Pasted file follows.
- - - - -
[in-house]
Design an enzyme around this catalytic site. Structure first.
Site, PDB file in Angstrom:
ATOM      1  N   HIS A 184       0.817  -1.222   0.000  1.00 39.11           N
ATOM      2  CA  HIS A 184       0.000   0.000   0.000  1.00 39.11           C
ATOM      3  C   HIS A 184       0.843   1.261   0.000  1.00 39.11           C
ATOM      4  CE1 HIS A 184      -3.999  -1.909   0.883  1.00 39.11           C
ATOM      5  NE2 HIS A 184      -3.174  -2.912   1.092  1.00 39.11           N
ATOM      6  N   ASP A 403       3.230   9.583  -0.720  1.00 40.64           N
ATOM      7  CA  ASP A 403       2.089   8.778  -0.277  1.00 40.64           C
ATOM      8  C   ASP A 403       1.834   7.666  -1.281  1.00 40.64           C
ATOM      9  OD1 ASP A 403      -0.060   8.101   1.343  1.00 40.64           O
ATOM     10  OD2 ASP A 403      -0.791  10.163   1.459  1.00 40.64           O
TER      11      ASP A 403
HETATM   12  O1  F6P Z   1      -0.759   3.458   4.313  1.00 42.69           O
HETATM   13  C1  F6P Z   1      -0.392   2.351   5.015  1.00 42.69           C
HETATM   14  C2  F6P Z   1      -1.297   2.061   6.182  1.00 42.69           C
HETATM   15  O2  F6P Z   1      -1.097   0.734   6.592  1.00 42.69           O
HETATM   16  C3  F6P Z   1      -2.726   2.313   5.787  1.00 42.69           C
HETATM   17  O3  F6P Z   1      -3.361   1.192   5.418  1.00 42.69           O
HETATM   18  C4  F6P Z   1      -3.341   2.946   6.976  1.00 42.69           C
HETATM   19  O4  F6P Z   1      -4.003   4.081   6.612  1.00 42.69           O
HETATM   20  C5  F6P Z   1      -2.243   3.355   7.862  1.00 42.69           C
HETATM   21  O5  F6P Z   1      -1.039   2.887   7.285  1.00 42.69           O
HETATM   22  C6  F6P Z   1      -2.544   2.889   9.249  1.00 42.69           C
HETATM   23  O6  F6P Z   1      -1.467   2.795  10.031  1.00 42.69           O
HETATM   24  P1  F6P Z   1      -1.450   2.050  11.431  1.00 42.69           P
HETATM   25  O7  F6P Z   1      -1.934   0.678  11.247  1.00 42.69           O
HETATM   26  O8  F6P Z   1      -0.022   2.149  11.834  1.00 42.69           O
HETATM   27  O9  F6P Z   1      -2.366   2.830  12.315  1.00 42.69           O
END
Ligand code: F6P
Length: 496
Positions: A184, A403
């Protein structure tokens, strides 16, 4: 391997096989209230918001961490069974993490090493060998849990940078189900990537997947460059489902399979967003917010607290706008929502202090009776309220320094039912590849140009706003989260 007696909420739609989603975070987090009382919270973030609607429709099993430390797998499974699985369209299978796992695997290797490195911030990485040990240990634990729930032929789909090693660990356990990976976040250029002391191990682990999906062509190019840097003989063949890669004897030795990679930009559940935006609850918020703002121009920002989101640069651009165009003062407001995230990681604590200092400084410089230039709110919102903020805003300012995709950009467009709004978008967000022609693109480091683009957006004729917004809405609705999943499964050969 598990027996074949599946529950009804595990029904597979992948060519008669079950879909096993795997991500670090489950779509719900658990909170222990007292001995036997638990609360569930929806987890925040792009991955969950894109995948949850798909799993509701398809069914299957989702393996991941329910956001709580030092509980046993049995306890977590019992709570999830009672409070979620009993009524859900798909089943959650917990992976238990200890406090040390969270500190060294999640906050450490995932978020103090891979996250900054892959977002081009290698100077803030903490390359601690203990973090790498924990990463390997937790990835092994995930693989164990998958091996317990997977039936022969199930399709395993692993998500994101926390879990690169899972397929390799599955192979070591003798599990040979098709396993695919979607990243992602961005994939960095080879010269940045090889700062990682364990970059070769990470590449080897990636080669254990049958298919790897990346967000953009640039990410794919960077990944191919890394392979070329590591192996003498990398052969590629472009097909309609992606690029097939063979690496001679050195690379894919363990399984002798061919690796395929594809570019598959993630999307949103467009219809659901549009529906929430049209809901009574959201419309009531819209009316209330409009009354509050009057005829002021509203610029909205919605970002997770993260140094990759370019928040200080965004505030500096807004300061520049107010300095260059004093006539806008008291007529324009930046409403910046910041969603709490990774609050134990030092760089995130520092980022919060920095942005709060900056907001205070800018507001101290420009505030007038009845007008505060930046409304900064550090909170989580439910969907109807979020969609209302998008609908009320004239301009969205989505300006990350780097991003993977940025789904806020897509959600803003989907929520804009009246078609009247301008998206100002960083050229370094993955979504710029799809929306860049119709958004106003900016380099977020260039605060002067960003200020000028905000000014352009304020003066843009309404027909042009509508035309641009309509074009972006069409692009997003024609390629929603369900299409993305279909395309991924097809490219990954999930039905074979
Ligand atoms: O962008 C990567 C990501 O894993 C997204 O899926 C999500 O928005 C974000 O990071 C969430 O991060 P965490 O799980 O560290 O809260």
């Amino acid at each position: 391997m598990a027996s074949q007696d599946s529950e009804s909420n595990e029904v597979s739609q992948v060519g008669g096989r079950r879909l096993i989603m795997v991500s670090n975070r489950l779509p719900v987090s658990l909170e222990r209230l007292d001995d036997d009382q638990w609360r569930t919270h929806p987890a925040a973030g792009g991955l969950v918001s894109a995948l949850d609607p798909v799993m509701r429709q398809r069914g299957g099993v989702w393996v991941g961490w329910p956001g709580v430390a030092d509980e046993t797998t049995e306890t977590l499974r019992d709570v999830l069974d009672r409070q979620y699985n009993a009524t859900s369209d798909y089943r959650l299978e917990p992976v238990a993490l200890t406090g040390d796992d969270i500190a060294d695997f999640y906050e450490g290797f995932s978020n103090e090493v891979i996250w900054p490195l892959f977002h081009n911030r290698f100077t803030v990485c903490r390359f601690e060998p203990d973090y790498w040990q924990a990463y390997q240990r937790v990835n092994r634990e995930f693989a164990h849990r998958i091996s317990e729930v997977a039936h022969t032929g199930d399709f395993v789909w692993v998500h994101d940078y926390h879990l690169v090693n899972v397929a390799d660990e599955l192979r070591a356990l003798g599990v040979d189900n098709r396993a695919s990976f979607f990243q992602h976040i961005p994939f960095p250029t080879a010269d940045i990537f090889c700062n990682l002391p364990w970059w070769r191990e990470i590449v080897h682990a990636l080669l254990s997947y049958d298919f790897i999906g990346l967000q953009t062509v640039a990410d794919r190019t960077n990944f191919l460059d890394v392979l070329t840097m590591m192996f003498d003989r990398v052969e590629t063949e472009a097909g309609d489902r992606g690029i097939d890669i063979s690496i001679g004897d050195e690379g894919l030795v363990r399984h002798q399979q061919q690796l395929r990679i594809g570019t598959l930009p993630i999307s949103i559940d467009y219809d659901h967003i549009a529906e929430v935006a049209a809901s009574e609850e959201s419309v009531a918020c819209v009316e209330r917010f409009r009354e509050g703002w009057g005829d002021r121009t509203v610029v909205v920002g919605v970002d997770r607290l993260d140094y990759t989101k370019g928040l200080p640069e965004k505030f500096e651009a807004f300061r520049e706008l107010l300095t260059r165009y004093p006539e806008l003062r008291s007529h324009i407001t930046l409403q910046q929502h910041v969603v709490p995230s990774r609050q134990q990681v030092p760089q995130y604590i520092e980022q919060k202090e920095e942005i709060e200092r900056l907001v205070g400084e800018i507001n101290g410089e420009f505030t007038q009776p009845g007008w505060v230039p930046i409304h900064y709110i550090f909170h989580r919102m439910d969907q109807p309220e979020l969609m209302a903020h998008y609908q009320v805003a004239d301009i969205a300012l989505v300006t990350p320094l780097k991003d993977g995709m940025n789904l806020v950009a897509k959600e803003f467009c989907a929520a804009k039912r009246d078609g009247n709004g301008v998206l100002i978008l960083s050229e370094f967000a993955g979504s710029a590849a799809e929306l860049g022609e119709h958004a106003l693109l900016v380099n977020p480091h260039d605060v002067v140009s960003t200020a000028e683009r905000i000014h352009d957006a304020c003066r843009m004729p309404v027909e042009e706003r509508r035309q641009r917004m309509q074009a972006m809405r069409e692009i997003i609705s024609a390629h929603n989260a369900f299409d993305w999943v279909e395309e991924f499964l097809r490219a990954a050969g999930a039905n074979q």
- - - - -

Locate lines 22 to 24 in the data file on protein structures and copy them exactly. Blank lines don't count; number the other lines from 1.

HETATM   19  O4  F6P Z   1      -4.003   4.081   6.612  1.00 42.69           O
HETATM   20  C5  F6P Z   1      -2.243   3.355   7.862  1.00 42.69           C
HETATM   21  O5  F6P Z   1      -1.039   2.887   7.285  1.00 42.69           O